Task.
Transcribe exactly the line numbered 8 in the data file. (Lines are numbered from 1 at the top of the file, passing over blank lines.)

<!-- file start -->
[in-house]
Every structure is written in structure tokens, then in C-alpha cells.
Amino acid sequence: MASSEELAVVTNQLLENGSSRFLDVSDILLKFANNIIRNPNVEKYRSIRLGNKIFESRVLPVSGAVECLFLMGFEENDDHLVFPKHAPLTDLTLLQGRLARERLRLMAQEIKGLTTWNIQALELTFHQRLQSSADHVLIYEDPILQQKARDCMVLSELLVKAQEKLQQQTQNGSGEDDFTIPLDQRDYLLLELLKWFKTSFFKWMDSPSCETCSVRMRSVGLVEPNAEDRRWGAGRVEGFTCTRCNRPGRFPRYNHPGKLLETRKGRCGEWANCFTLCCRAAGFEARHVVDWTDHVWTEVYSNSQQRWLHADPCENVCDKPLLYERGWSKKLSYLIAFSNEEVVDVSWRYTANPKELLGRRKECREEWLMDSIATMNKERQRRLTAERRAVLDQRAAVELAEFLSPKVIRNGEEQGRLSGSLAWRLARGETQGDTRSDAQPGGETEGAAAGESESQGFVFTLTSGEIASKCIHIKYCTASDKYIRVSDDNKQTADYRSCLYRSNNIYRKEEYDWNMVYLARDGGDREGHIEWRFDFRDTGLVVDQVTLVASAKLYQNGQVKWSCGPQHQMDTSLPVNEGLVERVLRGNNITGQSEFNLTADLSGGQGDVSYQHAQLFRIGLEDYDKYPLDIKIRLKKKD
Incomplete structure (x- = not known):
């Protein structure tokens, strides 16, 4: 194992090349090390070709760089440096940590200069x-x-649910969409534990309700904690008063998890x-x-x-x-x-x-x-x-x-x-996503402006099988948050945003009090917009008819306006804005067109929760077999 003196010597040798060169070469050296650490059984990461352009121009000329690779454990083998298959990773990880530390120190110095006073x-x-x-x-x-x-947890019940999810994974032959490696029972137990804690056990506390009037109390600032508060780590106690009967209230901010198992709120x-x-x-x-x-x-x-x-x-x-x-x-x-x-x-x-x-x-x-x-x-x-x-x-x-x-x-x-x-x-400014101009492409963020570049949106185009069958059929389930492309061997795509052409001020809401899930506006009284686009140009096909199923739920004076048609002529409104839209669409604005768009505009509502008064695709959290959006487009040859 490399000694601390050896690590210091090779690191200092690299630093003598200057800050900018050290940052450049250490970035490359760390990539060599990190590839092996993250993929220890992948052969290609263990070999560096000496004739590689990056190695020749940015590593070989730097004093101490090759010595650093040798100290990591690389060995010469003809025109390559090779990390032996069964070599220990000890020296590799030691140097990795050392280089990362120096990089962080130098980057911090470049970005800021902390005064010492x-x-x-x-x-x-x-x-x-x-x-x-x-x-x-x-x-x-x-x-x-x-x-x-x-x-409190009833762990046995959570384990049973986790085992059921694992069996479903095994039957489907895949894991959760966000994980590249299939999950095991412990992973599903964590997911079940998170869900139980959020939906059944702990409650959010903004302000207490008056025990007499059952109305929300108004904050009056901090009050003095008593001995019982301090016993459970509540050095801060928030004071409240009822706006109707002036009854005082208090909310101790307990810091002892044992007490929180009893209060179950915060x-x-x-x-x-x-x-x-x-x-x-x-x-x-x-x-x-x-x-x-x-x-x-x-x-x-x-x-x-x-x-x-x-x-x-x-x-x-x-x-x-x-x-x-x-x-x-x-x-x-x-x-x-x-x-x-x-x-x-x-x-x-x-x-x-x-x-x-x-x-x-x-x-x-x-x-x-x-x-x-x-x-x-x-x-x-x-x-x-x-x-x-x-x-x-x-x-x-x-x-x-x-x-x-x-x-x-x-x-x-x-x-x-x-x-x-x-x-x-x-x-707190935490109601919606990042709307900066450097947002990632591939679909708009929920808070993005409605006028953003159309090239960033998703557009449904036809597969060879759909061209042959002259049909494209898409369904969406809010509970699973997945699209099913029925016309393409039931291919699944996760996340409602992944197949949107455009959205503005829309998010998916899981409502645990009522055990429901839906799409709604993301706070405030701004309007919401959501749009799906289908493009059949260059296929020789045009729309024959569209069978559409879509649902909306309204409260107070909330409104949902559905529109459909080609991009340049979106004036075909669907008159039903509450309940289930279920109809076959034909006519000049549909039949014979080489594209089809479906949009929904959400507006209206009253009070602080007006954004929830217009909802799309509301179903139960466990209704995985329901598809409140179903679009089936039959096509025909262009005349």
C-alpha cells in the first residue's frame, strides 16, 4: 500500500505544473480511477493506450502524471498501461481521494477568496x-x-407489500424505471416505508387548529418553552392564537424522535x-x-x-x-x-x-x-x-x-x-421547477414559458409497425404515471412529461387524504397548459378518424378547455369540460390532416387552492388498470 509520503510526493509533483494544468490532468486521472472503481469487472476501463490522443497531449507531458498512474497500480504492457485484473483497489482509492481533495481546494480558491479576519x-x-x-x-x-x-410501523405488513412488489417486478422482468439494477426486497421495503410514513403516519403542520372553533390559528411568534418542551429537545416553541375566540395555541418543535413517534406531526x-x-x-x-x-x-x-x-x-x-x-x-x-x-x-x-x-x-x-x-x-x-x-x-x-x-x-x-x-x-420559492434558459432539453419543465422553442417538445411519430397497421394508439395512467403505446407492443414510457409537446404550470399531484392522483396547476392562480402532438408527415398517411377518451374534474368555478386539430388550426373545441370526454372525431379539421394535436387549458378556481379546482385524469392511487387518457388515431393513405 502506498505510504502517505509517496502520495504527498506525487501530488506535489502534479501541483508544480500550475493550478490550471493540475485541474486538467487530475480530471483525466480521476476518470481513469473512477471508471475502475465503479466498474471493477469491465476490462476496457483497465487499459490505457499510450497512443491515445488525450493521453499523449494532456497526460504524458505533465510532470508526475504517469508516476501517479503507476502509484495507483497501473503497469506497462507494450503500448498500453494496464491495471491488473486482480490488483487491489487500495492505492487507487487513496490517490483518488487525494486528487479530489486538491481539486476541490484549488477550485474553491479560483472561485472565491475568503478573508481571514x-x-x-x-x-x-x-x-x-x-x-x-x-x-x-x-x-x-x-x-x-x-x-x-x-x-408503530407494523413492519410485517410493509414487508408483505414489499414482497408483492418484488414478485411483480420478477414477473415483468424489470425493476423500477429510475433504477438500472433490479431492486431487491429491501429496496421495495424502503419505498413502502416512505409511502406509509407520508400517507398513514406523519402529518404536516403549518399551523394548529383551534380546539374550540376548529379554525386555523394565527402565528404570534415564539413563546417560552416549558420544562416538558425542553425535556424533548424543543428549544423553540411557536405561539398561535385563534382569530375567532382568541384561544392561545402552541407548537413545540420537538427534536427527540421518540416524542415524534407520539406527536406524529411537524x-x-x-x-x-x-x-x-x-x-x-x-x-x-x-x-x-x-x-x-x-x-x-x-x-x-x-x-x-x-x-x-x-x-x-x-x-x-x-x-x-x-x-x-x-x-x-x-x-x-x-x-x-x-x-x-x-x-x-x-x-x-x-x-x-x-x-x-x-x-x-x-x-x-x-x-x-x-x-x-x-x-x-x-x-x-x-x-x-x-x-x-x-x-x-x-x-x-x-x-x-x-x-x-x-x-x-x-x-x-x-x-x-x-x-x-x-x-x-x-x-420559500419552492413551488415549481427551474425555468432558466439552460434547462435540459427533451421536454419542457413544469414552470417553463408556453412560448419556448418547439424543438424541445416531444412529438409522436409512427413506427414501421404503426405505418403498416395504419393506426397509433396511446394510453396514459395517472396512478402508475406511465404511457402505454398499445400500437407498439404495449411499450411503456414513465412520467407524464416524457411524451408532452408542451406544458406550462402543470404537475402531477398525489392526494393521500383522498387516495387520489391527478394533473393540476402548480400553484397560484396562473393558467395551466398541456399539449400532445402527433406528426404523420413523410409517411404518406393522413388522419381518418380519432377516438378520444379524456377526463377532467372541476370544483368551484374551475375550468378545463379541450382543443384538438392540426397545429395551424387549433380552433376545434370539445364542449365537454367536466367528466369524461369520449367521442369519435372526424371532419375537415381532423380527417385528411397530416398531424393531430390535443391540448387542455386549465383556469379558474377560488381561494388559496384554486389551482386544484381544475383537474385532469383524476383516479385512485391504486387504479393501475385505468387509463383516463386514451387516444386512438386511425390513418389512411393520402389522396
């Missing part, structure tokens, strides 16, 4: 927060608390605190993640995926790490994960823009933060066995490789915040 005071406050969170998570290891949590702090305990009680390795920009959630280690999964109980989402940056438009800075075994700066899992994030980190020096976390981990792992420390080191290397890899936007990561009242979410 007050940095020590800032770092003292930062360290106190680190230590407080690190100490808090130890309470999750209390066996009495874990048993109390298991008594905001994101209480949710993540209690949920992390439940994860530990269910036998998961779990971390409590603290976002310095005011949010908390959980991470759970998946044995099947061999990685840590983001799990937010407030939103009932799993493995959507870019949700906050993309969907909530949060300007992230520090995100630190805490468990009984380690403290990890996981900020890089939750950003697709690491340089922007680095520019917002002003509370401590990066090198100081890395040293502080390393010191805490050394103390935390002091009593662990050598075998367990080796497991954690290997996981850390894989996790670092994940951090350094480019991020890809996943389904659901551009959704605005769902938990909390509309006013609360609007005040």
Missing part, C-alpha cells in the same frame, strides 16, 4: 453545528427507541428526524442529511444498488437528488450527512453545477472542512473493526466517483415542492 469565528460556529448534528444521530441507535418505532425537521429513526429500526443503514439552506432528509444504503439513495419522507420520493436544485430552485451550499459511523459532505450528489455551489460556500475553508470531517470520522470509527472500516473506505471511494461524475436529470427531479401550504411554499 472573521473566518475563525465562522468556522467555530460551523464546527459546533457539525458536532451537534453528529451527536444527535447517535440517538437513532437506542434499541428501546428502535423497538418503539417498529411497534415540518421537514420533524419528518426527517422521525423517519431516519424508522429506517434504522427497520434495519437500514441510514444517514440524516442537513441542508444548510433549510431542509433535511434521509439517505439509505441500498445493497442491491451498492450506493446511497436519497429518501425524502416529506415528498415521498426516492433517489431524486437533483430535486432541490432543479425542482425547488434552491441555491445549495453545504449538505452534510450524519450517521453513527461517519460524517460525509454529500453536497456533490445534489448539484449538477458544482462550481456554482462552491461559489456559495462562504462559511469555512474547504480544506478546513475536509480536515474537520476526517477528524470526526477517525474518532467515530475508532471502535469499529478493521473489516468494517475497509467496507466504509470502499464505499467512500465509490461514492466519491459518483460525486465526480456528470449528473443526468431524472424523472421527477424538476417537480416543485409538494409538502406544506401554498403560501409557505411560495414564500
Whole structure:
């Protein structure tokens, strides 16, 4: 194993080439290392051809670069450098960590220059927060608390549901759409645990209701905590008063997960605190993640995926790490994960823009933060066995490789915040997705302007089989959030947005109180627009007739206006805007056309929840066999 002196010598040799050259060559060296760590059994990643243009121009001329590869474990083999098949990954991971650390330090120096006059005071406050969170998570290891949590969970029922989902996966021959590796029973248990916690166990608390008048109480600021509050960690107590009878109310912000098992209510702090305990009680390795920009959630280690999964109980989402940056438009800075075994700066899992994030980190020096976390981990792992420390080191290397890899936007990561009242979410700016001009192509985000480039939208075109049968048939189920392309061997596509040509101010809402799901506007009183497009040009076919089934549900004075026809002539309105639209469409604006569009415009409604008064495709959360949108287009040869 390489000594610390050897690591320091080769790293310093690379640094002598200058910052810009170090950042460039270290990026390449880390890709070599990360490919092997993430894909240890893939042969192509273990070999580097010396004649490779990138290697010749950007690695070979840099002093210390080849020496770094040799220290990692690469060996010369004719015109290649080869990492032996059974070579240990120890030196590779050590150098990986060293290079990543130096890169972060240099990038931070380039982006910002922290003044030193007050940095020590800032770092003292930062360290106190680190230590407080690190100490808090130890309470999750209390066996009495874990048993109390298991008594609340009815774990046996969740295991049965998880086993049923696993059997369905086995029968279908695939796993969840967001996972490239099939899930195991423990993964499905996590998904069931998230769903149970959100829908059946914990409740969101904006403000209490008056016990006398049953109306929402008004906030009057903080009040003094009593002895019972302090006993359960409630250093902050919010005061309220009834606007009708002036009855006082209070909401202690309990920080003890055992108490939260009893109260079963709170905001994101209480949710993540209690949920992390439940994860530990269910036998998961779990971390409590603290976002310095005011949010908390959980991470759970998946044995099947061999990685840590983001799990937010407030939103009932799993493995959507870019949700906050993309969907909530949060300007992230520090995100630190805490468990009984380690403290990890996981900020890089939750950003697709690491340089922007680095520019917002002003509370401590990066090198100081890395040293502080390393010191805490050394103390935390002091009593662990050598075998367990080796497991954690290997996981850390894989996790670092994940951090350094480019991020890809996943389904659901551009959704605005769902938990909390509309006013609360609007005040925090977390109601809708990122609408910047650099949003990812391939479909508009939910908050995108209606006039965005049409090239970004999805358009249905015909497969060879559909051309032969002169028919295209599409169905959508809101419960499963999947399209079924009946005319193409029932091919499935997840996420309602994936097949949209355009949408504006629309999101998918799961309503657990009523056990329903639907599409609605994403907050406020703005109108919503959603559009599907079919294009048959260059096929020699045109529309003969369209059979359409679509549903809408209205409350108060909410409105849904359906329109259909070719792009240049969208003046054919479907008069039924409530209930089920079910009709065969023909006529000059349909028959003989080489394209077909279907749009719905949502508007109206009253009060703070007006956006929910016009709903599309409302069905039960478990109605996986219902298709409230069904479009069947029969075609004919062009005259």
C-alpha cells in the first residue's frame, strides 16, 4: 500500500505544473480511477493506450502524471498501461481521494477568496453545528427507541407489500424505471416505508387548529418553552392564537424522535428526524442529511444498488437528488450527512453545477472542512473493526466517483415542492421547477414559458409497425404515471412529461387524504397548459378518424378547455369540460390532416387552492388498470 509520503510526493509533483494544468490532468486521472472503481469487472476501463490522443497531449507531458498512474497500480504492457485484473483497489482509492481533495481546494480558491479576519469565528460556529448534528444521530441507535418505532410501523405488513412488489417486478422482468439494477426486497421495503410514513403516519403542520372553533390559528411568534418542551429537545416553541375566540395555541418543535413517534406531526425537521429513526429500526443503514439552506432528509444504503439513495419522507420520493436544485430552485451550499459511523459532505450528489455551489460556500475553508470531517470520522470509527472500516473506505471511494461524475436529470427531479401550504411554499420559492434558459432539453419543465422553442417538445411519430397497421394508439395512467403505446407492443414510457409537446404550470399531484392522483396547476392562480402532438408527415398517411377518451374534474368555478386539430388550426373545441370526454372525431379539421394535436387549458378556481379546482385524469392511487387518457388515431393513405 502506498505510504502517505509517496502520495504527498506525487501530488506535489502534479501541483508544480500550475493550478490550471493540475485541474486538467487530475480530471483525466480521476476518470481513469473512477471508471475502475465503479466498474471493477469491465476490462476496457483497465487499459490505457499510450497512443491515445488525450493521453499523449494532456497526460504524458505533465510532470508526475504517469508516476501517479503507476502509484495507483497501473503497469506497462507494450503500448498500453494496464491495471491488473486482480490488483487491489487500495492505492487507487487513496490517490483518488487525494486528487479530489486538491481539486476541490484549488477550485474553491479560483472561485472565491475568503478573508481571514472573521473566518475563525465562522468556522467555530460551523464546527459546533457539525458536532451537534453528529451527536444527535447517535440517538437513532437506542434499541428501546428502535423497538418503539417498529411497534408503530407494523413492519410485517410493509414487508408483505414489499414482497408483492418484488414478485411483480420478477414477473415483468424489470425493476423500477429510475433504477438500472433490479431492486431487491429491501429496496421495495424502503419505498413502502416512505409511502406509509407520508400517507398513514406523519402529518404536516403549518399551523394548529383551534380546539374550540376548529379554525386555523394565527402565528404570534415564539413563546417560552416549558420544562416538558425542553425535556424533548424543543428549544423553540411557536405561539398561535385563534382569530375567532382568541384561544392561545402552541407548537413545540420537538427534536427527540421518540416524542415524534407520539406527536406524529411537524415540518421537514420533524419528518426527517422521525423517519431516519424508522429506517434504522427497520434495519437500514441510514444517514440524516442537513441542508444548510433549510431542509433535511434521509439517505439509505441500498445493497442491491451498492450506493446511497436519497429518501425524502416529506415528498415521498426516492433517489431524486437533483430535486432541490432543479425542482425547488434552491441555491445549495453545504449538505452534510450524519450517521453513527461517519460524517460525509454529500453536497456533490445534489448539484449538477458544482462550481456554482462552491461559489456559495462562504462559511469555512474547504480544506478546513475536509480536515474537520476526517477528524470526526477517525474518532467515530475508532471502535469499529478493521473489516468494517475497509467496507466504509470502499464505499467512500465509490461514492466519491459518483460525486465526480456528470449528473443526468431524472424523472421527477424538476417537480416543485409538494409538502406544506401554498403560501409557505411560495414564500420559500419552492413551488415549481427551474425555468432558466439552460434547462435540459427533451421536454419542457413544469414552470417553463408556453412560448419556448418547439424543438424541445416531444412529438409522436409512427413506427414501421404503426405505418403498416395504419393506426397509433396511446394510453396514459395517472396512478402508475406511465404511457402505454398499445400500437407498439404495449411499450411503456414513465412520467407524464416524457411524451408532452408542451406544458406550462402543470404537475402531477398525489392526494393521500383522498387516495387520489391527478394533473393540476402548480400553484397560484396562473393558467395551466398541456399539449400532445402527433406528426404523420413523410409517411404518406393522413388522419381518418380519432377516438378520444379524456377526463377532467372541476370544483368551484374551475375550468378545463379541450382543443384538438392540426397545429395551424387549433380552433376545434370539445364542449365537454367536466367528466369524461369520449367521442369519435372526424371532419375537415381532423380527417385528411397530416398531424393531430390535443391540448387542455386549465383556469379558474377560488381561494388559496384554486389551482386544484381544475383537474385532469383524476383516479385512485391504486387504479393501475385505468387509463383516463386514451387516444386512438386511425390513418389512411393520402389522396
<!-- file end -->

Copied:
Missing part, C-alpha cells in the same frame, strides 16, 4: 453545528427507541428526524442529511444498488437528488450527512453545477472542512473493526466517483415542492 469565528460556529448534528444521530441507535418505532425537521429513526429500526443503514439552506432528509444504503439513495419522507420520493436544485430552485451550499459511523459532505450528489455551489460556500475553508470531517470520522470509527472500516473506505471511494461524475436529470427531479401550504411554499 472573521473566518475563525465562522468556522467555530460551523464546527459546533457539525458536532451537534453528529451527536444527535447517535440517538437513532437506542434499541428501546428502535423497538418503539417498529411497534415540518421537514420533524419528518426527517422521525423517519431516519424508522429506517434504522427497520434495519437500514441510514444517514440524516442537513441542508444548510433549510431542509433535511434521509439517505439509505441500498445493497442491491451498492450506493446511497436519497429518501425524502416529506415528498415521498426516492433517489431524486437533483430535486432541490432543479425542482425547488434552491441555491445549495453545504449538505452534510450524519450517521453513527461517519460524517460525509454529500453536497456533490445534489448539484449538477458544482462550481456554482462552491461559489456559495462562504462559511469555512474547504480544506478546513475536509480536515474537520476526517477528524470526526477517525474518532467515530475508532471502535469499529478493521473489516468494517475497509467496507466504509470502499464505499467512500465509490461514492466519491459518483460525486465526480456528470449528473443526468431524472424523472421527477424538476417537480416543485409538494409538502406544506401554498403560501409557505411560495414564500